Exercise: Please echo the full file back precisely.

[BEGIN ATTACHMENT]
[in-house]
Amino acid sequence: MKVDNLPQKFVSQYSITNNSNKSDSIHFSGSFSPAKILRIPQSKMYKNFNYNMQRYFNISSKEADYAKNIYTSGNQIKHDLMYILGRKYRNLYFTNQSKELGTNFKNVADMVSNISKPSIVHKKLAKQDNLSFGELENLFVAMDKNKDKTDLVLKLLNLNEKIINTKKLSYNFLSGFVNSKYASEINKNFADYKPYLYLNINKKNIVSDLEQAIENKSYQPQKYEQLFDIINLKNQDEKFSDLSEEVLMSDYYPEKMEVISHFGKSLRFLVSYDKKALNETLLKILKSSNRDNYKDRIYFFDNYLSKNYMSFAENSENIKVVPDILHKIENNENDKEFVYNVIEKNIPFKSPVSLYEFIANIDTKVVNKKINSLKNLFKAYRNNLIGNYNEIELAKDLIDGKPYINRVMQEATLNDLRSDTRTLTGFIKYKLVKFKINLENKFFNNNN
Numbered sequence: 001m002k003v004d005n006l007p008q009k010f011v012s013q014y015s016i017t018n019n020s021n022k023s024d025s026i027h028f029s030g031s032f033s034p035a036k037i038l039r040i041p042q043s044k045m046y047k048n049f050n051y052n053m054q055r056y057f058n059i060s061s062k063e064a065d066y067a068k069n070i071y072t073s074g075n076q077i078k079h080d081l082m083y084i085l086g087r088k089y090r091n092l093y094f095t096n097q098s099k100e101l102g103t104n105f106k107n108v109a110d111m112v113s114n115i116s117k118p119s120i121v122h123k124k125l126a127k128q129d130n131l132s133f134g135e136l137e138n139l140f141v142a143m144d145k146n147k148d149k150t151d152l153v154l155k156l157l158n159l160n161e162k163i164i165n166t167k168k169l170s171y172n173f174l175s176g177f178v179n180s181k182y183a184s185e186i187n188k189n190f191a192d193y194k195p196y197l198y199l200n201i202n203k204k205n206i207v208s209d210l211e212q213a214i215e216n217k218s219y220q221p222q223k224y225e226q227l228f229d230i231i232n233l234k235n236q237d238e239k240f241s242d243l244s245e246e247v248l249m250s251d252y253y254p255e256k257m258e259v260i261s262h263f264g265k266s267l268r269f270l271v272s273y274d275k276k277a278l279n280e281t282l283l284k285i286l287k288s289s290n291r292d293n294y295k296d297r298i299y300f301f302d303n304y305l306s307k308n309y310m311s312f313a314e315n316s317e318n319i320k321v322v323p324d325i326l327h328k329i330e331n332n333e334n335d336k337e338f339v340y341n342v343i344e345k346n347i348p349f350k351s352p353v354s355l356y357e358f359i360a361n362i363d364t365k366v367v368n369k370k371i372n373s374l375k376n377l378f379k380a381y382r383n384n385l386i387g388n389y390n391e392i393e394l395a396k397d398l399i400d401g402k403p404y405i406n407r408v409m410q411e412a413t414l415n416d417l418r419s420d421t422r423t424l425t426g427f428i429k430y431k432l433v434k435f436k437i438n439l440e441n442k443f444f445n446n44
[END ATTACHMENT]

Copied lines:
[in-house]
Amino acid sequence: MKVDNLPQKFVSQYSITNNSNKSDSIHFSGSFSPAKILRIPQSKMYKNFNYNMQRYFNISSKEADYAKNIYTSGNQIKHDLMYILGRKYRNLYFTNQSKELGTNFKNVADMVSNISKPSIVHKKLAKQDNLSFGELENLFVAMDKNKDKTDLVLKLLNLNEKIINTKKLSYNFLSGFVNSKYASEINKNFADYKPYLYLNINKKNIVSDLEQAIENKSYQPQKYEQLFDIINLKNQDEKFSDLSEEVLMSDYYPEKMEVISHFGKSLRFLVSYDKKALNETLLKILKSSNRDNYKDRIYFFDNYLSKNYMSFAENSENIKVVPDILHKIENNENDKEFVYNVIEKNIPFKSPVSLYEFIANIDTKVVNKKINSLKNLFKAYRNNLIGNYNEIELAKDLIDGKPYINRVMQEATLNDLRSDTRTLTGFIKYKLVKFKINLENKFFNNNN
Numbered sequence: 001m002k003v004d005n006l007p008q009k010f011v012s013q014y015s016i017t018n019n020s021n022k023s024d025s026i027h028f029s030g031s032f033s034p035a036k037i038l039r040i041p042q043s044k045m046y047k048n049f050n051y052n053m054q055r056y057f058n059i060s061s062k063e064a065d066y067a068k069n070i071y072t073s074g075n076q077i078k079h080d081l082m083y084i085l086g087r088k089y090r091n092l093y094f095t096n097q098s099k100e101l102g103t104n105f106k107n108v109a110d111m112v113s114n115i116s117k118p119s120i121v122h123k124k125l126a127k128q129d130n131l132s133f134g135e136l137e138n139l140f141v142a143m144d145k146n147k148d149k150t151d152l153v154l155k156l157l158n159l160n161e162k163i164i165n166t167k168k169l170s171y172n173f174l175s176g177f178v179n180s181k182y183a184s185e186i187n188k189n190f191a192d193y194k195p196y197l198y199l200n201i202n203k204k205n206i207v208s209d210l211e212q213a214i215e216n217k218s219y220q221p222q223k224y225e226q227l228f229d230i231i232n233l234k235n236q237d238e239k240f241s242d243l244s245e246e247v248l249m250s251d252y253y254p255e256k257m258e259v260i261s262h263f264g265k266s267l268r269f270l271v272s273y274d275k276k277a278l279n280e281t282l283l284k285i286l287k288s289s290n291r292d293n294y295k296d297r298i299y300f301f302d303n304y305l306s307k308n309y310m311s312f313a314e315n316s317e318n319i320k321v322v323p324d325i326l327h328k329i330e331n332n333e334n335d336k337e338f339v340y341n342v343i344e345k346n347i348p349f350k351s352p353v354s355l356y357e358f359i360a361n362i363d364t365k366v367v368n369k370k371i372n373s374l375k376n377l378f379k380a381y382r383n384n385l386i387g388n389y390n391e392i393e394l395a396k397d398l399i400d401g402k403p404y405i406n407r408v409m410q411e412a413t414l415n416d417l418r419s420d421t422r423t424l425t426g427f428i429k430y431k432l433v434k435f436k437i438n439l440e441n442k443f444f445n446n44